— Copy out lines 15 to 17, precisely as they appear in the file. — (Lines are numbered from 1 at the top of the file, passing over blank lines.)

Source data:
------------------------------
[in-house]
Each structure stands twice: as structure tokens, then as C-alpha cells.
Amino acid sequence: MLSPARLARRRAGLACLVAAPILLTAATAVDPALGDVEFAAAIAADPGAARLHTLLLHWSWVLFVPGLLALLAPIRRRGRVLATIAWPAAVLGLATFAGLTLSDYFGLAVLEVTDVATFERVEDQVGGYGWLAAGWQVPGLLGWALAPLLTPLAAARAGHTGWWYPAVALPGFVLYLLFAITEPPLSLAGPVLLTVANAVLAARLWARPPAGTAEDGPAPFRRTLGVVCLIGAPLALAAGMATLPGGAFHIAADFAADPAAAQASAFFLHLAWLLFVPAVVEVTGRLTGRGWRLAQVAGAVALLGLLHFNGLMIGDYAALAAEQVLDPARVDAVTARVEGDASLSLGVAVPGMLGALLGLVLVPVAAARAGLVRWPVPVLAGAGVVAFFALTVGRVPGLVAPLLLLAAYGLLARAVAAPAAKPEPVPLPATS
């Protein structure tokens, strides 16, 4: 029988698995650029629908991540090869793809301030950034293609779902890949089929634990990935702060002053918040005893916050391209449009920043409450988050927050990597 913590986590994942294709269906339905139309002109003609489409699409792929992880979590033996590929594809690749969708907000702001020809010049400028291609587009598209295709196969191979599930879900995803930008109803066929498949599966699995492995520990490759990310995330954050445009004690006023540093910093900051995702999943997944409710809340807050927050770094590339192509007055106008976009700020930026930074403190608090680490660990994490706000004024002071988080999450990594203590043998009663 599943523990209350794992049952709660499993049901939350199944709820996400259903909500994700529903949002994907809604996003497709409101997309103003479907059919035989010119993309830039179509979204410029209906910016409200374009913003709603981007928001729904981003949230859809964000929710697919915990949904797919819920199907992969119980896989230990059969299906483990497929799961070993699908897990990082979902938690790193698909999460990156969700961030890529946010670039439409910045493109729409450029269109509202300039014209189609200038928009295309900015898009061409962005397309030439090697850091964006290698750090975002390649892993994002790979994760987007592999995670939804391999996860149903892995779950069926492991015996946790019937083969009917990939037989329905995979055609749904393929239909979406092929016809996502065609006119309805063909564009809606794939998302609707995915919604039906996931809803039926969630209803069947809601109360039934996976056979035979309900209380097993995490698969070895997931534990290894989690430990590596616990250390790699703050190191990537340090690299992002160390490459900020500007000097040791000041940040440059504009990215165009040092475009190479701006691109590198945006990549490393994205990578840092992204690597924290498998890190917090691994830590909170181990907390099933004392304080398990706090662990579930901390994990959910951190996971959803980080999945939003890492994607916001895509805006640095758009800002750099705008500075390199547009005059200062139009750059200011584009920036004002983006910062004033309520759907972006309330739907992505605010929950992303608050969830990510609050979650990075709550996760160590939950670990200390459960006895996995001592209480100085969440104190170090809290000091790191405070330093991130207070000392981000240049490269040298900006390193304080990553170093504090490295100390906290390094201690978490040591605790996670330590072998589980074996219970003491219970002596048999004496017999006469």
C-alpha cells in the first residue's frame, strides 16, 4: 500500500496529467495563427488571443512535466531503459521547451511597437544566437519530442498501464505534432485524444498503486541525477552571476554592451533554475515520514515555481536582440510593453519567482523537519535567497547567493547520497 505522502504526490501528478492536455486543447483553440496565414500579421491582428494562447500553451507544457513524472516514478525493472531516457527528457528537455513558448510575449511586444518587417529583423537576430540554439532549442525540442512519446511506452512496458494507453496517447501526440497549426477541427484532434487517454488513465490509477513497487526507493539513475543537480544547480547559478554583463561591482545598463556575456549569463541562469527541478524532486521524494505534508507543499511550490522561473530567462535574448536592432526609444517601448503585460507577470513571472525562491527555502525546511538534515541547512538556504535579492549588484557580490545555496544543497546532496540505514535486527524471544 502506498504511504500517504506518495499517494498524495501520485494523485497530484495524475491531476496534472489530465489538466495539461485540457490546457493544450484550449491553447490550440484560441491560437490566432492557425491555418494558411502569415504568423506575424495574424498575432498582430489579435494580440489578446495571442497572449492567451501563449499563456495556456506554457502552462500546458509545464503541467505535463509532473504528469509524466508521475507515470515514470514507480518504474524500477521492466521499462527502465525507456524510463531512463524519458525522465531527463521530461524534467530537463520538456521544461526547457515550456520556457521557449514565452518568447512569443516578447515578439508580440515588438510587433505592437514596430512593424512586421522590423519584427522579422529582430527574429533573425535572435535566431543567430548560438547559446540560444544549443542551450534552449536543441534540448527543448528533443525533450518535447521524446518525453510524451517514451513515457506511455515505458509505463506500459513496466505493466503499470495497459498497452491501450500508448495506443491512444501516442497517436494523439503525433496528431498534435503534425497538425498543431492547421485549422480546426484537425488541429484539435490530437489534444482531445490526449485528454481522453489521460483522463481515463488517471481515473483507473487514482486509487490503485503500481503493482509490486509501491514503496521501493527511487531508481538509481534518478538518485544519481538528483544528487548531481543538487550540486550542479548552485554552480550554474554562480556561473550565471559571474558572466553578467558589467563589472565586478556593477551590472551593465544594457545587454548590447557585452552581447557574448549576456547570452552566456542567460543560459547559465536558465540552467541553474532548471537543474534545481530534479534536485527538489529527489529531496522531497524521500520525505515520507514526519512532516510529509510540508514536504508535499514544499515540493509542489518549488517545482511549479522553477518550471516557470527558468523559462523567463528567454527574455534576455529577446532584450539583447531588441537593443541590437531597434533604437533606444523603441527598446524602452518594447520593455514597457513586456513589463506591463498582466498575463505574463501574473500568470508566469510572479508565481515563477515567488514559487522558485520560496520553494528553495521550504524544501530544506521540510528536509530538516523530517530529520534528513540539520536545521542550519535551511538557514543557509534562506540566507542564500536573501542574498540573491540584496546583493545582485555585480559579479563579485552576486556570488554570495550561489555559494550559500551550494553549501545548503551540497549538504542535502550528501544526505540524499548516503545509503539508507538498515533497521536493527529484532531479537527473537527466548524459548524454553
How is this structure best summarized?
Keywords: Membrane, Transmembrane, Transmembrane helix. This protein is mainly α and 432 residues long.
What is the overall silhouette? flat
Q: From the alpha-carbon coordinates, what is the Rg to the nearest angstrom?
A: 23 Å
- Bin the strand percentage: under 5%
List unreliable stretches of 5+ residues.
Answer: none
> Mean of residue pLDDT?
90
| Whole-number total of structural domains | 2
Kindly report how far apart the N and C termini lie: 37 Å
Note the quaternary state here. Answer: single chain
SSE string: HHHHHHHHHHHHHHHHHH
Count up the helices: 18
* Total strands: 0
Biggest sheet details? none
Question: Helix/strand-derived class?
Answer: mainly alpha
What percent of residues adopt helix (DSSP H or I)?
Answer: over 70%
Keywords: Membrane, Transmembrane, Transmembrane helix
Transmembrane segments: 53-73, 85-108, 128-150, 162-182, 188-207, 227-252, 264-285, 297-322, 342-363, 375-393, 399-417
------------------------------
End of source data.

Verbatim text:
90
| Whole-number total of structural domains | 2
Kindly report how far apart the N and C termini lie: 37 Å